Originally posted at Foxandhoundsdaily.com. Read more articles there.

The California High Speed Rail Authority this past week approved moving forward on the first segment of final design and construction, a $4.15 billion 65 mile segment from the Central Valley town of Corcoran to Madera, with stations to be built in Fresno and Hanford.

Despite the criticisms of building a Train to Nowhere, this was the only segment that made sense in terms of the requirements accompanying the federal funds and in terms of the community support and community investment in the Central Valley. Further, there is no question that the Valley should be focus of the next funds: completing the Merced to Fresno segment and Fresno to Bakersfield segment.

The two main Valley segments, Merced-Fresno and Fresno-Bakersfield total $8 billion in cost. The Authority estimates that these two segments will generate 32,807 job-years, mainly in construction jobs, with the bulk of the construction jobs coming in years two to six. The job estimates are in the range of 5000-6000 job years annually for these years-a conservative job estimate, especially against the overly optimistic numbers often associated with infrastructure projects. There is no question that the high speed rail will be a boost to the Valley economy starting in late 2011 and 2012, when final design and construction will begin in force

Yet, the main challenge for the Valley is beyond these jobs. It lies in how the high speed rail might be leveraged to help build the regional Valley economy in professional services and in cutting edge construction techniques. High speed rail systems now are being planned throughout the United States, following the federal government funding commitment to high speed rail. The Valley segment will be one of the first segments in the nation to go into construction, enabling professional services and construction firms that work on this segment to gain experience and expertise to compete on the other systems, and to compete on other systems throughout the world. High speed rail systems are up and running in Europe and Asia, but these systems will be expanding and modernizing, and be purchasing professional service and construction expertise. Additionally, the Central Valley will be the site of a high speed rail maintenance facility that is expected to employ 1500 workers on an on-going basis, and should enable professional services and construction firms that work on this facility to be competitive on maintenance facility projects nation-wide and world-wide.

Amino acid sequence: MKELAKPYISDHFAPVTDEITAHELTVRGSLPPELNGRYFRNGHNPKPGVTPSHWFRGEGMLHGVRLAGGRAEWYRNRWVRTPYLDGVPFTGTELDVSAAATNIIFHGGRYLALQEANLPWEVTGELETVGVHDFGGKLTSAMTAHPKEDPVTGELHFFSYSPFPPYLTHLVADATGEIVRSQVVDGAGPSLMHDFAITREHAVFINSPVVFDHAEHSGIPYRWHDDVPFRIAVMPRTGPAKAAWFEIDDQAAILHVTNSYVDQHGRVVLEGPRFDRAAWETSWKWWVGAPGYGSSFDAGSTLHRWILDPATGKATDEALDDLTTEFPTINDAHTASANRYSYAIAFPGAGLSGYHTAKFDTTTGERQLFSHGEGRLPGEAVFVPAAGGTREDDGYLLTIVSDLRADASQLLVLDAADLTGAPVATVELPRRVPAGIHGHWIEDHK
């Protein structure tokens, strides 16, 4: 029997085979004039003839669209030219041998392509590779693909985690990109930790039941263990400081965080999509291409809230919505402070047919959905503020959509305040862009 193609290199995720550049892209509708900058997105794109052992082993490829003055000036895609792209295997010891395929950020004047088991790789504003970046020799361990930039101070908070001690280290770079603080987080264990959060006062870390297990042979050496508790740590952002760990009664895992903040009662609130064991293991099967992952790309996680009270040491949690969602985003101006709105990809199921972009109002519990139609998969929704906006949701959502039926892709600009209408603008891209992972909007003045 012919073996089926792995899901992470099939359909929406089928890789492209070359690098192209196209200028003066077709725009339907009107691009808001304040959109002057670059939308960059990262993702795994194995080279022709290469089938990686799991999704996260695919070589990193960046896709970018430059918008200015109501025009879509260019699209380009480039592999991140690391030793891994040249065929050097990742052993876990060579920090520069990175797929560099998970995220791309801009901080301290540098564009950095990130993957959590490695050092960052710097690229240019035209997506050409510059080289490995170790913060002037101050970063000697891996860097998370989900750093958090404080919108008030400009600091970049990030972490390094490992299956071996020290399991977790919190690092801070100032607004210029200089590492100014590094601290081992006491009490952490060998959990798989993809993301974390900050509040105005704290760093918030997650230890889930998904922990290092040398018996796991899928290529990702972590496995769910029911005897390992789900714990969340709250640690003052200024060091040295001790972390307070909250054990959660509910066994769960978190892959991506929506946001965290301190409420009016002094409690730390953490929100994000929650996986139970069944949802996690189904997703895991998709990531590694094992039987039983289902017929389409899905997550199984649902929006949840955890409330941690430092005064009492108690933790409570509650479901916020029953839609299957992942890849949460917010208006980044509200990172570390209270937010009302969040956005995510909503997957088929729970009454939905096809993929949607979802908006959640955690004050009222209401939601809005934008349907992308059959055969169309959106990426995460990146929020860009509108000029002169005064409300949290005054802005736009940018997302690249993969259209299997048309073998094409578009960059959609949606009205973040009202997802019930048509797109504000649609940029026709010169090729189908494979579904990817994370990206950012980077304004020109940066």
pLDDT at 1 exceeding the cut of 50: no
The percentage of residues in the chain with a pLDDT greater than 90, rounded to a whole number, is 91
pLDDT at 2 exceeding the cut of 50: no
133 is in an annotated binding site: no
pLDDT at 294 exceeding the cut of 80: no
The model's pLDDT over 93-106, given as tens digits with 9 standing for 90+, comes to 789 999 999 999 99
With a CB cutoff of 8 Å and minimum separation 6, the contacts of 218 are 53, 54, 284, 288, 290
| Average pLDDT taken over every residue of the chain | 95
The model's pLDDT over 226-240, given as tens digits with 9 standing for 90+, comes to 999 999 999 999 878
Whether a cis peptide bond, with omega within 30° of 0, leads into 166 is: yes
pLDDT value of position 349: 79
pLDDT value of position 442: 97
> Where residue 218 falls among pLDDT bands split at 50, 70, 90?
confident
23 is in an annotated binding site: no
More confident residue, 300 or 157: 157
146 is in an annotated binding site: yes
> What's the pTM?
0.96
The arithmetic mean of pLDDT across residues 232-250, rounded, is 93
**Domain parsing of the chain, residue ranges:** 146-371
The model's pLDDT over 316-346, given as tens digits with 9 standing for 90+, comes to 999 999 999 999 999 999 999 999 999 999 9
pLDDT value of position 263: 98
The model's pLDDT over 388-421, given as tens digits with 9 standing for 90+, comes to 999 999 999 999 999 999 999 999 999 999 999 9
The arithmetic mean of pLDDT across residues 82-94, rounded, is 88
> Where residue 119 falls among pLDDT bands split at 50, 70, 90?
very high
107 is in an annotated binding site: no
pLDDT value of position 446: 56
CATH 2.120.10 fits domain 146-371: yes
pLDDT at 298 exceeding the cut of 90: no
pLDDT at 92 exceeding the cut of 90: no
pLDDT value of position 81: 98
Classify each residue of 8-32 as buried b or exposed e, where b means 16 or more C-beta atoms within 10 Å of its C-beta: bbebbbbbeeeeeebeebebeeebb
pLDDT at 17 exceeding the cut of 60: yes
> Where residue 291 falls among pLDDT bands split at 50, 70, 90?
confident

The Valley has an active and sophisticated network of Workforce Investment Boards (WIBs). Earlier this year this network, led by the Tulare WIB, retained the veteran California economic development specialists Doug Svensson and Trish Kelly to analyze the jobs generated by High Speed Rail and other major infrastructure projects and how these jobs might be leveraged for broader economic growth. Svensson and Kelly and their team (on which I have a small role) have developed detailed occupational estimates for the $26 billion in various infrastructure already projected for the Valley in the next ten years, and are developing strategies for how the Valley might leverage these investments, in water infrastructure, school construction, prison construction and hospital construction, as well as rail.

More generally for California infrastructure, the first challenge is to deliver projects in a timely and most cost effective manner. Beyond this lies the second challenge: leveraging infrastructure to develop expertise among firms in California that adds value to projects in other states and other countries. Beyond the short-term job creation fixes, only by being able to compete nationally and globally-by developing services and products offered by California firms that others outside California want to purchase–will we have true employment growth in California.

Written by Michael Bernick, Former California Employment Development Department Director and Milken Institute Fellow